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Cannes 2012 Review: In Another Country

A refreshing tale of whimsy and caprice has been added to the official selection at this year’s Cannes Film Festival, as Korean director Hong Sang-soo brings forth three stories of comical love in his entry, In Another Country.

A young girl sits in a hotel biding time, and decides to write a script about a love story. What she creates are three similar yarns, changing little things here and there that make for curious outcomes to these vignettes.

Each story takes place in the same seaside town of Mahong, a place that somewhere has a small lighthouse, and where a local couple hosts a French woman, Anne. Played by the talented Isabelle Huppert, Anne is there looking for the meaning of life in one story, waiting for her secret lover to arrive in another, and traveling as a successful film-maker in one more. Her surrounding cast stays mostly the same, but it her interactions with each of them that determine where the tale leads.

When she meets the goofy, hunky lifeguard, sometimes she is charmed and curious, sometimes she is hungry for sex, and sometimes she is annoyed. Each story cleverly over lap one another as natural tendencies and desires of the characters always under up prevailing in one way or another.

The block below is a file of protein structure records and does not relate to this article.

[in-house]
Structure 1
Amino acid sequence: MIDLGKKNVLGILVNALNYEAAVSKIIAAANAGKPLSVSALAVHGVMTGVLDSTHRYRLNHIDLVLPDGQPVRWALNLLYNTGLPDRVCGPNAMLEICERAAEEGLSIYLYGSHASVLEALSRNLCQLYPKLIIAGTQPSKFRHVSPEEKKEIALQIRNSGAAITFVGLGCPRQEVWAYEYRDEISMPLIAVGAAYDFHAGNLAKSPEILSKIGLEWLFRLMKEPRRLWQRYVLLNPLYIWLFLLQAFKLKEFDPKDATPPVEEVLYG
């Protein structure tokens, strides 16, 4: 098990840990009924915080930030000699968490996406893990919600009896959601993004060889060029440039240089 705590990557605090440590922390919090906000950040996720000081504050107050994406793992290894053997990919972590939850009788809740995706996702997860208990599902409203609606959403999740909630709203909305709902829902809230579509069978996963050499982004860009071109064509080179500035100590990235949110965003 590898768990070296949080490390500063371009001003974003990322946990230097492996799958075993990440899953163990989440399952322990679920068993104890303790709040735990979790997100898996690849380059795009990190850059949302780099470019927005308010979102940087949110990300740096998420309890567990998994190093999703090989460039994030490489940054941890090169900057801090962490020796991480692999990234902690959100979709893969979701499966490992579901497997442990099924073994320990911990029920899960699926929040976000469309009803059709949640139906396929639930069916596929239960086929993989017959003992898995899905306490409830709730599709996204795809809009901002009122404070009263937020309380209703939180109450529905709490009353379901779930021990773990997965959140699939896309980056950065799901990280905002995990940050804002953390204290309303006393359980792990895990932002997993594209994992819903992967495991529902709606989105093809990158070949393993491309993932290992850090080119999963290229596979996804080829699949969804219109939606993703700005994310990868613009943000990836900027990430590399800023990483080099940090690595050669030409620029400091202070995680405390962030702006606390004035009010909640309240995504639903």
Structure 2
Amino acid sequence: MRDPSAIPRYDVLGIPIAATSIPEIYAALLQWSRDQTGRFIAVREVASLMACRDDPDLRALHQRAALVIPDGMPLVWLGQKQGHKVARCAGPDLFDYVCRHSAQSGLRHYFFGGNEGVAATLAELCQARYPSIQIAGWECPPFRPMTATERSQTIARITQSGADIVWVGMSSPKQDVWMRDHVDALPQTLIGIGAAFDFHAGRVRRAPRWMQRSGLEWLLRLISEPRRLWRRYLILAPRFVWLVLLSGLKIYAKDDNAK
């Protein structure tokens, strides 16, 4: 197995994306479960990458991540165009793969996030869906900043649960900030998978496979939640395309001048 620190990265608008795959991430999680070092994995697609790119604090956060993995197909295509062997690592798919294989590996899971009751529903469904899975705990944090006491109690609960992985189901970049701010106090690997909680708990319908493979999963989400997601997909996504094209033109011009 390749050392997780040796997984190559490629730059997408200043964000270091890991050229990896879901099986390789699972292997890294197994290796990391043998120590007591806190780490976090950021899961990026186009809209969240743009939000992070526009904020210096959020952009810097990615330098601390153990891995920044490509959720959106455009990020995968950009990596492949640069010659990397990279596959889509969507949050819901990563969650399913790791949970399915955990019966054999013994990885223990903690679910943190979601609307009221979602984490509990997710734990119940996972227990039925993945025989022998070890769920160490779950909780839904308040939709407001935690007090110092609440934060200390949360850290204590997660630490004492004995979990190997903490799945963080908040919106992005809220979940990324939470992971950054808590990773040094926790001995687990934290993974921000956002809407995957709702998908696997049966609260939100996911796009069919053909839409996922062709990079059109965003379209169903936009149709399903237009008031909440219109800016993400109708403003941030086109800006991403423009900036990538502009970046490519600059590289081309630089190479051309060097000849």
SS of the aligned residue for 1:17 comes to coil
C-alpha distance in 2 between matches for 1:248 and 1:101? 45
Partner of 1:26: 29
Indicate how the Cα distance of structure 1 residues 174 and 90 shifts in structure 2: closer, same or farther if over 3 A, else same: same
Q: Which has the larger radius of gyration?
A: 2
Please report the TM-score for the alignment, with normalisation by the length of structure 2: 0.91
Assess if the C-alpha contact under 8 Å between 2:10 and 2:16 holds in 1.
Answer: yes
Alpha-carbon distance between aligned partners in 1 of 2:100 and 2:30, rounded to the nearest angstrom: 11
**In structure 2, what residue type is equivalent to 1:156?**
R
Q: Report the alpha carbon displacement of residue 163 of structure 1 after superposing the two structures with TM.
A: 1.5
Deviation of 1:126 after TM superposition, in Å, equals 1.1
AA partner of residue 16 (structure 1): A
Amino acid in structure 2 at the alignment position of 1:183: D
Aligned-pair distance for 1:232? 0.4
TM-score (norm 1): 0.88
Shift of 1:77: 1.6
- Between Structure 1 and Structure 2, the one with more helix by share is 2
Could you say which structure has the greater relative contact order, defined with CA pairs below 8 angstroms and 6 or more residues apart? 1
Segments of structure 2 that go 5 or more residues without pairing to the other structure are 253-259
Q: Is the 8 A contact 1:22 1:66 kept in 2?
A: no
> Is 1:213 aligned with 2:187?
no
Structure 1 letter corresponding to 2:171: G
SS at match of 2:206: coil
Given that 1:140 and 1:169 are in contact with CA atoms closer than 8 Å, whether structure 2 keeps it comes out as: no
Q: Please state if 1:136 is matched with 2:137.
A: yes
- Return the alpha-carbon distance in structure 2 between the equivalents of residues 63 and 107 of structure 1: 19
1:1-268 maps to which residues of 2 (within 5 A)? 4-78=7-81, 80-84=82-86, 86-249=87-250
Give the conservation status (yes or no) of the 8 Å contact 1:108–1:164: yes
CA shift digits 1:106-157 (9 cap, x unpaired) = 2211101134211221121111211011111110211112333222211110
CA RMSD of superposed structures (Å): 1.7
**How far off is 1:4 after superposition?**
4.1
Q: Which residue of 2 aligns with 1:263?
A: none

The couple that welcomes Anne is made up of a pregnant woman and her oft-intoxicated film-maker of a husband, who is charmed every moment by the foreign lady. He is aloof—as are all of the males in the story—and regularly over steps his bounds and antagonized his wife. The young girl who resides there as well is all-too-willing to help out, and always seems to want to go shopping, even if she doesn’t exactly know where to go.

The encounters between these people, which in one story include a monk and an older Korean woman acting as a sort of a guide for Anne, are often awkward with much broken English, but almost always endearing. The jokes and tricks that do repeat are funny each time, never beaten to death and often with subtle changes.

It is a film about the excitement and the anxiety that comes with travel, about the temptations and the limitations of being surrounded by another culture. When Anne arrives happy and open-minded, her interactions are positive, but measured. When she arrives lost, she stays lost. And those around her seem to follow suit, as the energy that she carries, that she emits, is far more a determinant of her future than her exact destination.

The film is certainly cute, but as a series of simple vignettes it is not meant for the big screen amid the fanfare and celebration that is Cannes. Certainly it has the creative and earnest aspects such a festival calls for, but overall it is fleeting, a films that seems all the story scribed by the young woman in the beginning, and not one made from an established director and cast of actors.

[star v=25]

Anthony Marcusa

A pop-culture consumer, Anthony seeks out what is important in entertainment and mocks what is not. Inspired by history, Anthony writes with the hope that someone, somewhere, might be affected.